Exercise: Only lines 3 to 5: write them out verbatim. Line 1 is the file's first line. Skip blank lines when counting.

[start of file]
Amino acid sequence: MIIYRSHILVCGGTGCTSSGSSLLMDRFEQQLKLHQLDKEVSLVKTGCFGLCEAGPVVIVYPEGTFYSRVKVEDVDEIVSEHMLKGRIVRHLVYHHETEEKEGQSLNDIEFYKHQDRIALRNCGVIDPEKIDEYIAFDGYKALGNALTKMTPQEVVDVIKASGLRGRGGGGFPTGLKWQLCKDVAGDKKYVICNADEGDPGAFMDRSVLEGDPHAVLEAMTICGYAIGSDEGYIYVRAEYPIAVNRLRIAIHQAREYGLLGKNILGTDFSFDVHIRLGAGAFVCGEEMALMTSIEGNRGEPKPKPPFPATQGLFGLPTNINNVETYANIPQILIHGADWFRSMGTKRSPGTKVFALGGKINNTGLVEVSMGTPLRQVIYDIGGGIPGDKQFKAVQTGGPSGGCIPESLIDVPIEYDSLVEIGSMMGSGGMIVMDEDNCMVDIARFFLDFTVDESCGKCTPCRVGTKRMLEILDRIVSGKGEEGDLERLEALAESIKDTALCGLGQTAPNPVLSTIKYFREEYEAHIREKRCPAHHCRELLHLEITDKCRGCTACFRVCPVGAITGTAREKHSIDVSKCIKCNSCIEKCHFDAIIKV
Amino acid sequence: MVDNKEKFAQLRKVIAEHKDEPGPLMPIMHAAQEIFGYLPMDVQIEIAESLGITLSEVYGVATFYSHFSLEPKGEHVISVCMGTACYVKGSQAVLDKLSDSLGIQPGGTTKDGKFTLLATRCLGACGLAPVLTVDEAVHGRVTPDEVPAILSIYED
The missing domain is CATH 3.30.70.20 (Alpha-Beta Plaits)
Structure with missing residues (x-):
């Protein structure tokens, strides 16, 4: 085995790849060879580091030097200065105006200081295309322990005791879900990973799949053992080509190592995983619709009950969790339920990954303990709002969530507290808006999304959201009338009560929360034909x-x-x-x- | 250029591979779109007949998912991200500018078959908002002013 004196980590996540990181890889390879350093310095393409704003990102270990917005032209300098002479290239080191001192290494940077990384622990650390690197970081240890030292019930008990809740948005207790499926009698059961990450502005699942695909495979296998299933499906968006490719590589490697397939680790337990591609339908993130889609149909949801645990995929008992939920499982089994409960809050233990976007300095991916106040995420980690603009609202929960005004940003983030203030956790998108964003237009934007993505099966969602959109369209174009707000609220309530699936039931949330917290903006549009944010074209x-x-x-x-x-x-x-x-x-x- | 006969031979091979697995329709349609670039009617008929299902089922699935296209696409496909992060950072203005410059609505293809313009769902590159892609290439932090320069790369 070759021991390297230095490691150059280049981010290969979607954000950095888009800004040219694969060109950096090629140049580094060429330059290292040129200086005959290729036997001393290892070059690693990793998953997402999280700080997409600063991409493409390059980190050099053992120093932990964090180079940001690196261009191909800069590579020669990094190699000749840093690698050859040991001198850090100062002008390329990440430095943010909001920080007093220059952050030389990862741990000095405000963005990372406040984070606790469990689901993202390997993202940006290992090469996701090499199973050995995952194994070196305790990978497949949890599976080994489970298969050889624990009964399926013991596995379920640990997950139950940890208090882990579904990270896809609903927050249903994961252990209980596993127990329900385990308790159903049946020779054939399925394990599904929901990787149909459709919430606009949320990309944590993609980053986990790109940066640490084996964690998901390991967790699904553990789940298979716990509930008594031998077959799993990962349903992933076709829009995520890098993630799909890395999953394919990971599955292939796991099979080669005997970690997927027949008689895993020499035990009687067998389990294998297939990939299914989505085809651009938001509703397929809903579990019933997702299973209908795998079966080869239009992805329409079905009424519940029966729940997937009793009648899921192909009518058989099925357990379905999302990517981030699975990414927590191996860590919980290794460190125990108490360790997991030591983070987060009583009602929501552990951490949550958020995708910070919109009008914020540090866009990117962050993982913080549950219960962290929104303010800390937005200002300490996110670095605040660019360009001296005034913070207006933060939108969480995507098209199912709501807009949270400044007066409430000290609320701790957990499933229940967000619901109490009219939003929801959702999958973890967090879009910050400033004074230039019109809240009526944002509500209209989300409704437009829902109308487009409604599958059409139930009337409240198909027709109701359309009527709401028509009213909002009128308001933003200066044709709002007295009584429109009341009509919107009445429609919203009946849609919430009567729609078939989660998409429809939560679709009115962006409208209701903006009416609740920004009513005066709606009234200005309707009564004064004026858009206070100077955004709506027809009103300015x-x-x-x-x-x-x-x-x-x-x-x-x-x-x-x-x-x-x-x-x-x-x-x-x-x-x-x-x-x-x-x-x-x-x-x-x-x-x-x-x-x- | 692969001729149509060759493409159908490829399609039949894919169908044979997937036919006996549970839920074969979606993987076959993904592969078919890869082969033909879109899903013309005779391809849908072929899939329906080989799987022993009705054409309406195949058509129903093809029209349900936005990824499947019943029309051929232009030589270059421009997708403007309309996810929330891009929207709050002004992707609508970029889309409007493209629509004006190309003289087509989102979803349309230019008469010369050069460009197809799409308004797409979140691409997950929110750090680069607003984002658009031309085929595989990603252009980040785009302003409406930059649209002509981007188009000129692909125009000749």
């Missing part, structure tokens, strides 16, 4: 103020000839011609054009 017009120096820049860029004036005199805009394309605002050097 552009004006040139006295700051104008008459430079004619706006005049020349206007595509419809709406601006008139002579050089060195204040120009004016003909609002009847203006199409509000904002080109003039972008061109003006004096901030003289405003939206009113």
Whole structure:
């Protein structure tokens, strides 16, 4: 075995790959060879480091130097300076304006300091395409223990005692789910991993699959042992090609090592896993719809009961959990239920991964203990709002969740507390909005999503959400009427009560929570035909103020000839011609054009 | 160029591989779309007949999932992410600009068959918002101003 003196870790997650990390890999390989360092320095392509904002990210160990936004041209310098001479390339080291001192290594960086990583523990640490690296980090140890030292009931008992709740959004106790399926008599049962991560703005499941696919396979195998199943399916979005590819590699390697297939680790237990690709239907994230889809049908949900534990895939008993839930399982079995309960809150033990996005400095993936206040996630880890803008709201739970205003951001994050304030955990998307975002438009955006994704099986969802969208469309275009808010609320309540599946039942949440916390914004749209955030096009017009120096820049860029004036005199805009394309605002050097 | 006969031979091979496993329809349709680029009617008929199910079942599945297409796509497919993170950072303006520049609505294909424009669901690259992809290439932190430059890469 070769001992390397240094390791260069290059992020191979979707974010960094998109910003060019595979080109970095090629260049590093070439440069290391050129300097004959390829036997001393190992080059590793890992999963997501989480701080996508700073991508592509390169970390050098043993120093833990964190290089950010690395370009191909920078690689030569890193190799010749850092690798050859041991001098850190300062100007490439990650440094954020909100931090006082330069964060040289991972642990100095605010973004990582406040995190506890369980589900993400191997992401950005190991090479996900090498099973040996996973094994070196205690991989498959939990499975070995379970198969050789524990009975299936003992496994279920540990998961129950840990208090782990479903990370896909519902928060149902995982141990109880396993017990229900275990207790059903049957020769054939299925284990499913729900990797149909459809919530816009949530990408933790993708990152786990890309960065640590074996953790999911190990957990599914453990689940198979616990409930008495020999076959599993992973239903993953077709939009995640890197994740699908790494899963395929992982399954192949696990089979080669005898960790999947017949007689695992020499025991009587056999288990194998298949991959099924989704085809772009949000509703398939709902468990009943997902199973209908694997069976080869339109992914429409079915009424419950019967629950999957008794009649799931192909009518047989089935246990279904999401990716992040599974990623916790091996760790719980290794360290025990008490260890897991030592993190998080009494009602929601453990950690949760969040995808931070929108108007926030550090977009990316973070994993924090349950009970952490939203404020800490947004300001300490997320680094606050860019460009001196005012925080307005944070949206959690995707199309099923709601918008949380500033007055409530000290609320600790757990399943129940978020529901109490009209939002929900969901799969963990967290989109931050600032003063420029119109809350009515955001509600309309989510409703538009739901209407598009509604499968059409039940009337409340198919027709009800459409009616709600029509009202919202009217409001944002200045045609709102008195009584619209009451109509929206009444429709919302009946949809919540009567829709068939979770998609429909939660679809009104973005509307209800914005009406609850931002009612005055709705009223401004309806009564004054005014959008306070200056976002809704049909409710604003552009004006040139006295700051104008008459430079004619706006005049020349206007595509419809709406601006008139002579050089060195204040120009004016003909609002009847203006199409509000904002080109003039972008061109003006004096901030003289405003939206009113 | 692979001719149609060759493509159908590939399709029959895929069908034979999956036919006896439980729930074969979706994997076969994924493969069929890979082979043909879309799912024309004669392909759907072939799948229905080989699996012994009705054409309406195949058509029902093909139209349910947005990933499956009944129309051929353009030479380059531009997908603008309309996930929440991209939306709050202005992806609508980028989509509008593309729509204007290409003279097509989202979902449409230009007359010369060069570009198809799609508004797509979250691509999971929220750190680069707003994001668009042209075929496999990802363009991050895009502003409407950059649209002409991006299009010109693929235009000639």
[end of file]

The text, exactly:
The missing domain is CATH 3.30.70.20 (Alpha-Beta Plaits)
Structure with missing residues (x-):
């Protein structure tokens, strides 16, 4: 085995790849060879580091030097200065105006200081295309322990005791879900990973799949053992080509190592995983619709009950969790339920990954303990709002969530507290808006999304959201009338009560929360034909x-x-x-x- | 250029591979779109007949998912991200500018078959908002002013 004196980590996540990181890889390879350093310095393409704003990102270990917005032209300098002479290239080191001192290494940077990384622990650390690197970081240890030292019930008990809740948005207790499926009698059961990450502005699942695909495979296998299933499906968006490719590589490697397939680790337990591609339908993130889609149909949801645990995929008992939920499982089994409960809050233990976007300095991916106040995420980690603009609202929960005004940003983030203030956790998108964003237009934007993505099966969602959109369209174009707000609220309530699936039931949330917290903006549009944010074209x-x-x-x-x-x-x-x-x-x- | 006969031979091979697995329709349609670039009617008929299902089922699935296209696409496909992060950072203005410059609505293809313009769902590159892609290439932090320069790369 070759021991390297230095490691150059280049981010290969979607954000950095888009800004040219694969060109950096090629140049580094060429330059290292040129200086005959290729036997001393290892070059690693990793998953997402999280700080997409600063991409493409390059980190050099053992120093932990964090180079940001690196261009191909800069590579020669990094190699000749840093690698050859040991001198850090100062002008390329990440430095943010909001920080007093220059952050030389990862741990000095405000963005990372406040984070606790469990689901993202390997993202940006290992090469996701090499199973050995995952194994070196305790990978497949949890599976080994489970298969050889624990009964399926013991596995379920640990997950139950940890208090882990579904990270896809609903927050249903994961252990209980596993127990329900385990308790159903049946020779054939399925394990599904929901990787149909459709919430606009949320990309944590993609980053986990790109940066640490084996964690998901390991967790699904553990789940298979716990509930008594031998077959799993990962349903992933076709829009995520890098993630799909890395999953394919990971599955292939796991099979080669005997970690997927027949008689895993020499035990009687067998389990294998297939990939299914989505085809651009938001509703397929809903579990019933997702299973209908795998079966080869239009992805329409079905009424519940029966729940997937009793009648899921192909009518058989099925357990379905999302990517981030699975990414927590191996860590919980290794460190125990108490360790997991030591983070987060009583009602929501552990951490949550958020995708910070919109009008914020540090866009990117962050993982913080549950219960962290929104303010800390937005200002300490996110670095605040660019360009001296005034913070207006933060939108969480995507098209199912709501807009949270400044007066409430000290609320701790957990499933229940967000619901109490009219939003929801959702999958973890967090879009910050400033004074230039019109809240009526944002509500209209989300409704437009829902109308487009409604599958059409139930009337409240198909027709109701359309009527709401028509009213909002009128308001933003200066044709709002007295009584429109009341009509919107009445429609919203009946849609919430009567729609078939989660998409429809939560679709009115962006409208209701903006009416609740920004009513005066709606009234200005309707009564004064004026858009206070100077955004709506027809009103300015x-x-x-x-x-x-x-x-x-x-x-x-x-x-x-x-x-x-x-x-x-x-x-x-x-x-x-x-x-x-x-x-x-x-x-x-x-x-x-x-x-x- | 692969001729149509060759493409159908490829399609039949894919169908044979997937036919006996549970839920074969979606993987076959993904592969078919890869082969033909879109899903013309005779391809849908072929899939329906080989799987022993009705054409309406195949058509129903093809029209349900936005990824499947019943029309051929232009030589270059421009997708403007309309996810929330891009929207709050002004992707609508970029889309409007493209629509004006190309003289087509989102979803349309230019008469010369050069460009197809799409308004797409979140691409997950929110750090680069607003984002658009031309085929595989990603252009980040785009302003409406930059649209002509981007188009000129692909125009000749």